Why Specialty Care and Spending Matter in a Value-Based World

Value-Based Payment in Medicaid

Juliette Price, Chief Solutions Officer, HSG Global

Programs across the country are joint partnerships between the federal and state governments. States have wide latitude in deciding how they’re going to move into value-based payment. I will tell you that it’s a mixed landscape. You have highly advanced states such as Texas, California, Tennessee, New York, where large portions of their Medicaid spend are already in value-based payment arrangements, and value-based contracts. Some states call them alternative payment models depending on the state that you’re in, and other states are a little slower to figure out how they’re going to unroll and unravel the value-based, payment methodology in their state. So you could be joining us from any number of states today.

I encourage you to take a look at how your state Medicaid program is working on this. Oftentimes states will have what we call roadmaps or simply sort of five-year plans for how they’re going to roll out value-based payment through their Medicaid program. Medicaid, of course, I think has been at the top of everyone’s mind through the public health emergency and now, the ongoing redetermination process. Those of us who’ve been working in Medicaid for some time know how big and important the program is, but I think the American public has had a crash course in just how many Americans are enrolled in Medicaid. A fun stat I always like to, you know, inform people of is about half of the constituents on the Medicaid program are children.

This is not a small share of Americans that are on the program. And what you see in a lot of states, including New York, is that we’re a managed care state. And so there’s a managed care organization or insurance company that’s already receiving the premium from the state Medicaid program. And what we’re seeing here is as these states unroll their value-based payment programs, they are essentially shifting this risk downstream to at-risk providers or provider groups. These can also be ACOs or IPAs groups of providers. More or less it’s the same exact thing. And I hope you kind of got that from the couple slides here, is that while we call them different things and we have different names for different programs, what you’re seeing is essentially those payers who hold the risk are starting to shift this risk down towards the provider. And these at-risk groups.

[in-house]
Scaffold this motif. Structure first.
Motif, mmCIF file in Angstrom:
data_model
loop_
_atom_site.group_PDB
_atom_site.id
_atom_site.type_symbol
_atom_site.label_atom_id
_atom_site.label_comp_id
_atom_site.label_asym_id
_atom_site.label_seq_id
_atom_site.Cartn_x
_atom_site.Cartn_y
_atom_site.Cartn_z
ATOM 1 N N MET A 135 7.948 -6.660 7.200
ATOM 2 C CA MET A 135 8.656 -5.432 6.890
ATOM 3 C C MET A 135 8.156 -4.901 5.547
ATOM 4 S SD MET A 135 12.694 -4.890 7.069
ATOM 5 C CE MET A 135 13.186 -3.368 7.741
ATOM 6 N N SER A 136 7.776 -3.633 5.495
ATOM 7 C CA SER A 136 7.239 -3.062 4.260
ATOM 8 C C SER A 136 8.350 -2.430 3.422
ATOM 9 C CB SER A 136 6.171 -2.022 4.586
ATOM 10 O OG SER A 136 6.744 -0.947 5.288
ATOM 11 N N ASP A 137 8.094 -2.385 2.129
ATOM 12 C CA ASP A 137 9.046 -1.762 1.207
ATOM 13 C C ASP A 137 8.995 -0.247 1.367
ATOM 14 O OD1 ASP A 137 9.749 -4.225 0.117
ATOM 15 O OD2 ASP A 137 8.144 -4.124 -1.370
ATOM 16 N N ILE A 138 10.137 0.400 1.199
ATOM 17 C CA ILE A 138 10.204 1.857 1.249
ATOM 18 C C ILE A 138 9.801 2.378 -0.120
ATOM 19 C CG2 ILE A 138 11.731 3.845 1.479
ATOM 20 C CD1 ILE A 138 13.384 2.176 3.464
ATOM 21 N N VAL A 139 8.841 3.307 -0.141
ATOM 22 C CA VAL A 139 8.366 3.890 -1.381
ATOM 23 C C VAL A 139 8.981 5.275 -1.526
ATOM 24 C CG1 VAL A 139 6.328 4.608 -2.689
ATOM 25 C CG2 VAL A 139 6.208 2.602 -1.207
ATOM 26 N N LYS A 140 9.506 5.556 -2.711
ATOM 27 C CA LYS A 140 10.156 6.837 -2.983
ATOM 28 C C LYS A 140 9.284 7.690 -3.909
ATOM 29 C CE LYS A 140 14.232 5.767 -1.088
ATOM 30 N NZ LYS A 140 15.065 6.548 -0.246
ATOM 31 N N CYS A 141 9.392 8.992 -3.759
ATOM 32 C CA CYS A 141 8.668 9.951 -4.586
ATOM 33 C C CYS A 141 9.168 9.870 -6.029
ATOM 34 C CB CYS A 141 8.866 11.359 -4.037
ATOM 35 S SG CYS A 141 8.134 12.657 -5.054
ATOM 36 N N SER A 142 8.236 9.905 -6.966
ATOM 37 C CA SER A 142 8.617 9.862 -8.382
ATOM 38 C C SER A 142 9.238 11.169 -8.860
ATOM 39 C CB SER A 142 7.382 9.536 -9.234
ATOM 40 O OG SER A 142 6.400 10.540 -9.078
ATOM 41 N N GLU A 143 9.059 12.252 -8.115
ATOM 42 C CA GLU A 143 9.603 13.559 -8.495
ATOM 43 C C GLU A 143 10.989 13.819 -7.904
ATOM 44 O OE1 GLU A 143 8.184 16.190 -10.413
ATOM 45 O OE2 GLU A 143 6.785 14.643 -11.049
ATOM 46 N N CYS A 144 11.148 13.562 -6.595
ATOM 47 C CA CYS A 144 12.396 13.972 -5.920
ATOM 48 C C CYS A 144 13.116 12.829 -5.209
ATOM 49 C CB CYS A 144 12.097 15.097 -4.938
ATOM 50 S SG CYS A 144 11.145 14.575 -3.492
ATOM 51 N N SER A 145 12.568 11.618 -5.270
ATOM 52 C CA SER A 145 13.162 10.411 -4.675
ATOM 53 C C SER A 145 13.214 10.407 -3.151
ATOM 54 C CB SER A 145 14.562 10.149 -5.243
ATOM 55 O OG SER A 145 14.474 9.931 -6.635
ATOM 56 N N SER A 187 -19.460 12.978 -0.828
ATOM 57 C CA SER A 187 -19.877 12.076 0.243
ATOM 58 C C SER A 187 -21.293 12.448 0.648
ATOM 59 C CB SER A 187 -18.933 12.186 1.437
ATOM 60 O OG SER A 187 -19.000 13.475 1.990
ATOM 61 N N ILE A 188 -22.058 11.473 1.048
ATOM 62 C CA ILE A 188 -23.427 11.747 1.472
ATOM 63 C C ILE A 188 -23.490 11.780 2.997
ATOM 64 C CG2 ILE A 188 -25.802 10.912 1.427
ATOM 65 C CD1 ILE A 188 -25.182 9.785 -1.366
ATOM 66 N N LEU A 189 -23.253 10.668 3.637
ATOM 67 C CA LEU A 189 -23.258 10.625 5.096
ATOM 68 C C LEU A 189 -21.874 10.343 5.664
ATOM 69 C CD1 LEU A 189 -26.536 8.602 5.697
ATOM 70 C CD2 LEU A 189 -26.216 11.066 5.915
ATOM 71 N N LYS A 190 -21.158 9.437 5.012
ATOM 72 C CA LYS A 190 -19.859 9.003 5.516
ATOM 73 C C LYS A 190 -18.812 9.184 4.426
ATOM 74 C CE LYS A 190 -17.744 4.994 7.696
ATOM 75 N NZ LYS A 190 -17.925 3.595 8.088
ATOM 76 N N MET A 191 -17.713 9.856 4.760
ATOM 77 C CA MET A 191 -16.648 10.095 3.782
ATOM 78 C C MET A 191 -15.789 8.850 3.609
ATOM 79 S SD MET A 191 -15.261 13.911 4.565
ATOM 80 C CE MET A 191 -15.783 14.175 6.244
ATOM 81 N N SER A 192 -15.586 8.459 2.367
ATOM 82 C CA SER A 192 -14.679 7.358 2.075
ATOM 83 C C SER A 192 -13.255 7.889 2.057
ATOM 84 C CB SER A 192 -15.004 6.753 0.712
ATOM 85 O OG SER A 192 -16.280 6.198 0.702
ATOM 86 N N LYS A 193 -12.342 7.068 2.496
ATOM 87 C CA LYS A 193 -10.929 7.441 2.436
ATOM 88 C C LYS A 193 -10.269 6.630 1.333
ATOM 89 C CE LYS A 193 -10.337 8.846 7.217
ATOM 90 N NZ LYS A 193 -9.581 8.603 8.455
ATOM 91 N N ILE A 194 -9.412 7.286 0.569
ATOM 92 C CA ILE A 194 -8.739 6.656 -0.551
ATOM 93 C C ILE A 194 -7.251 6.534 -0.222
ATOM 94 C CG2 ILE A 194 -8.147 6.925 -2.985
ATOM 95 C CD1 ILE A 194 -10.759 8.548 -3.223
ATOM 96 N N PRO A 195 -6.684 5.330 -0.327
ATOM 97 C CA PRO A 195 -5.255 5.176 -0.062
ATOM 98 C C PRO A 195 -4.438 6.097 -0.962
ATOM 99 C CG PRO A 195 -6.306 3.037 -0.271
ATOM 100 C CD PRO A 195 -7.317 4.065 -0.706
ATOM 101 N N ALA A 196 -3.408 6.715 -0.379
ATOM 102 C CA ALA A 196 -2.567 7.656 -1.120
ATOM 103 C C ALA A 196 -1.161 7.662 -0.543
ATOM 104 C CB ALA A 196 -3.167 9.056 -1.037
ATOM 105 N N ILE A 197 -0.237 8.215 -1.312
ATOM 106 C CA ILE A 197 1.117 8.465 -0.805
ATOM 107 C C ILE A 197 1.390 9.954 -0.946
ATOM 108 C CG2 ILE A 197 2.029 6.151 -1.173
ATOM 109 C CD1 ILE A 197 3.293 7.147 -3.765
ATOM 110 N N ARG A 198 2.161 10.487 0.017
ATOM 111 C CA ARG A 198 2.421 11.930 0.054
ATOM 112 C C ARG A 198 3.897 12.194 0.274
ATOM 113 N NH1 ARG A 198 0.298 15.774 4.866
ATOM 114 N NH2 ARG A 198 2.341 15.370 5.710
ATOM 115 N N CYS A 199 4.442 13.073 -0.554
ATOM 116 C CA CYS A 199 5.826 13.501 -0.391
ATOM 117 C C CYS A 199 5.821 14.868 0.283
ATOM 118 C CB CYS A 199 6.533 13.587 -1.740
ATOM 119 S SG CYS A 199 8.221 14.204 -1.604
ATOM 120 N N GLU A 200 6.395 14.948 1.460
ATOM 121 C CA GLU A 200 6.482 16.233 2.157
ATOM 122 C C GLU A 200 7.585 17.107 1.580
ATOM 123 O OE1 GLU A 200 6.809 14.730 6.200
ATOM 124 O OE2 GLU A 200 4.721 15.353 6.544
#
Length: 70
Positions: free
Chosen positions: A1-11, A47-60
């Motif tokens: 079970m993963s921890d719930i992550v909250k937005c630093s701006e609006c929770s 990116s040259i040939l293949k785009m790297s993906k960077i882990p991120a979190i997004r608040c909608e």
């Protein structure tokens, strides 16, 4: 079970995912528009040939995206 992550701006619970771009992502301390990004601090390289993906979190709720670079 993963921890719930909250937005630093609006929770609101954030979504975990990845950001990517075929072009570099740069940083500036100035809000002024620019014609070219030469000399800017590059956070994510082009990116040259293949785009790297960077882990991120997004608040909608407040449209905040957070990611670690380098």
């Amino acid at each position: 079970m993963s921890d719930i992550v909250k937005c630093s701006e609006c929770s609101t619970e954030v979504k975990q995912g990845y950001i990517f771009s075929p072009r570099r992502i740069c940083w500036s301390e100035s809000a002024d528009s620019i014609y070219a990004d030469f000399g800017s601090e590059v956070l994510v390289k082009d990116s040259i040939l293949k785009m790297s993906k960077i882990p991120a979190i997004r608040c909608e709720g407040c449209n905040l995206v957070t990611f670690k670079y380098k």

Evaluate Practice Performance Metrics for eConsult Programs - Measuring Access to Specialty Care

Evaluate Practice Performance Metrics for eConsult Programs:

Measuring Patient Access to Specialty Care

With considerable time and effort, at-risk practices identify patients at high risk of serious health events. We want to use this same information to develop an eConsult strategy.

To increase patient access to specialty care, consider which specialties have long appointment wait times, higher costs, conditions easily manage by the PCP, or do not require a face-to-face specialist visit. Using eConsults in these situations will drive cost savings, improve outcomes and decrease the risk of:

  • ED use – a costly alternative to a specialist visit.
  • Unscheduled or canceled specialty care appointments.
  • Boomerang appointments to primary care.

Increasing access to specialty care is the goal. Together, we can track and communicate which specialties are most:

  • Needed by the patients you serve
  • Likely to improve outcomes
  • Appropriate for eConsult
  • Valuable to your practice

Identify Specialties with Long Appointment Wait Times

There are many reasons why patients must wait too long to get an appointment with a specialist.

  • Not all specialists accept Medicare and Medicaid.
  • Doctors in many specialty areas are unevenly distributed across the country.
  • Patient referrals are often scheduled by the urgency of the condition.
  • Current patients are prioritized for appointments.

Merritt Hawkins reports that the nationwide average wait time to see an orthopedic surgeon is relatively short – just 16.9 days. However, looking at the average can be misleading.

  • This average is a 48% increase when compared to 2017
  • Getting an appointment with an orthopedist varies tremendously by location – San Diego averages 55 days!

Several factors impact appointment wait times. Not all specialists accept Medicare and Medicaid. Specialists are often clustered in metropolitan areas and unevenly distributed across the county.

Patient’s are less likely to schedule and attend a specialist appointment:

  • When the wait time is extended.
  • Travel distance to the specialist is significant.
  • Cost of the appointment is high — the patient has high-deductible insurance, or the specialist is out-of-network.

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